Lake Erie Region

The Lake Erie grape belt is an area about five to ten miles wide extending from the lake shore to the Lake Erie escarpment, which rises about 1000 feet above the 600 ft elevation shore of Lake Erie. Near the lake, deep, heavy clay soils derived from lake sediments predominate. The most productive soils are Chenango gravelly loams on the bench adjacent to Rte. 20 (700 to 800 ft elevation), which are derived from glacial till and can be very deep. These soils comprise about one third of the 20,000 acres of grapes in the region, and slopes are moderate at 2 to 8%.  Grape production extends midway up the escarpment to about 1000 ft in elevation. Soils on the escarpment tend to be shallow clay loams.  Soils are derived from shales and acidic, with native pH in the 4.0 to 5.0 range. The Lake Erie region tends to accumulate more heat units (2,500 to 2,700 growing degree days, base 50 ºF) than the Finger Lakes region. Moderation of winter lows is provided by Lake Erie (the shallowest of the Great Lakes), but it can end abruptly when Lake Erie freezes over. This generally happens in late January about nine years out of ten.

Long Island

Grape production on Long Island has expanded enormously in the past 15 years, with 2,500 acres planted almost exclusively to V. vinifera cultivars. Almost all of the acreage is located on the North Fork at the East End of the island, from Riverhead out to Greenport. The North Fork is bounded by Long Island Sound and Peconic Bay, and therefore enjoys a maritime climate, which offers protection from spring frosts and damaging winter low temperatures. East of the North Fork, spring frosts can be a limiting factor for grapes. Fewer vineyards are located on the South Fork, due to escalating land values and a slightly cooler growing season relative to the North Fork. Soils are naturally acidic and low in organic matter. Many vineyards on sandier sites benefit from irrigation.

Finger Lakes

The Finger Lakes region has been a center for wine production since the 1860s, and has perhaps the most diverse array of native Labrusca, interspecific hybrid, and V. vinifera cultivars of any production area in eastern North America. Over 30 varieties are processed into wine, with Labrusca types comprising 60%, hybrids about 25%, and V. vinifera about 15% of the 10,000 acres in production. 

Grape production in the Finger Lakes extends from the southwest side of Canandaigua lake to the east side of Cayuga Lake. Temperature moderation for the region comes from Lake Ontario, with additional moderation on a local (mesoscale) scale from the Finger Lakes themselves. Seneca (446 ft elevation, 632 feet deep) and Cayuga (380 ft elevation, 435 feet deep) Lakes are the deepest and lowest, and they rarely freeze.  They provide the most moderation and longest growing season. Keuka Lake (710 ft elevation, 187 ft deep) and Canandaigua lake (686 ft elevation, 262 ft deep) provide a lesser, but still substantial amount of winter moderation locally. Higher elevation, however, leaves these areas prone to earlier fall frosts than the area immediately around the larger lakes. Slopes surrounding the lakes rise 500 to 1,500 ft above lake levels, with surrounding elevation increasing from north to south. Most vineyards on Seneca and Cayuga Lakes are below 1,000 ft of elevation, while on Keuka and Canandaigua lakes vineyards are between 1,000 and 1,200 ft in elevation.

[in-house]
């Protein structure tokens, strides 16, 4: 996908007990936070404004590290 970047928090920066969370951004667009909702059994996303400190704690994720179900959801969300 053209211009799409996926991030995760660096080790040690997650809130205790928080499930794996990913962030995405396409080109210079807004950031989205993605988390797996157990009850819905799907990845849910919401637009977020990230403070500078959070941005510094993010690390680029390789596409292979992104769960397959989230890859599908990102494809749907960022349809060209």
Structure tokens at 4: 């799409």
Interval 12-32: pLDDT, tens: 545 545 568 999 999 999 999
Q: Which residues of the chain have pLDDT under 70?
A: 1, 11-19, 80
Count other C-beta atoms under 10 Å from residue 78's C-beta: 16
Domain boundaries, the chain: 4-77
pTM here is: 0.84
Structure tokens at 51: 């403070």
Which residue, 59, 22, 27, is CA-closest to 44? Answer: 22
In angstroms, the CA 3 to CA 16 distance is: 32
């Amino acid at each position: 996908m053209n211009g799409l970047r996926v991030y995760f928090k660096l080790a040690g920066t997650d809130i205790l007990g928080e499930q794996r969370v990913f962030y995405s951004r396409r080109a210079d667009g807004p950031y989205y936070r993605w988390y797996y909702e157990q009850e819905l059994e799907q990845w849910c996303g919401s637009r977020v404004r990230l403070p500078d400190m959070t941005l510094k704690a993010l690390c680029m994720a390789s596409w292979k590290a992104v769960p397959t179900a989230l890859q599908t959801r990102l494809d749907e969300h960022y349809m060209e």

Hudson River Region

The Hudson River region has a strong agricultural heritage and provides good soils and climate for fruit production. Once an important table grape area, the Hudson region now has thousands of acres of apples while more and more wine grapes are planted each year. Wine has some serious history in this area as well, however: Brotherhood, the oldest continuously operating winery in the US, is located in Washingtonville, NY. The Hudson River region contains three wine trails. The area has also become a cradle for a new generation of craft distilleries and fermented cider producers. The climate is moderated by weather sent up the Hudson river from the Atlantic Ocean.

Other Areas

Since 2000, there has been great interest in growing grapes and starting wineries outside of traditional production regions. Cold climate wine grape varieties developed in Minnesota that withstand winter low temperatures down to -30 °F have sparked interest in the Thousand Islands, Champlain and upper Hudson Valley—areas previously considered too risky to support grape production.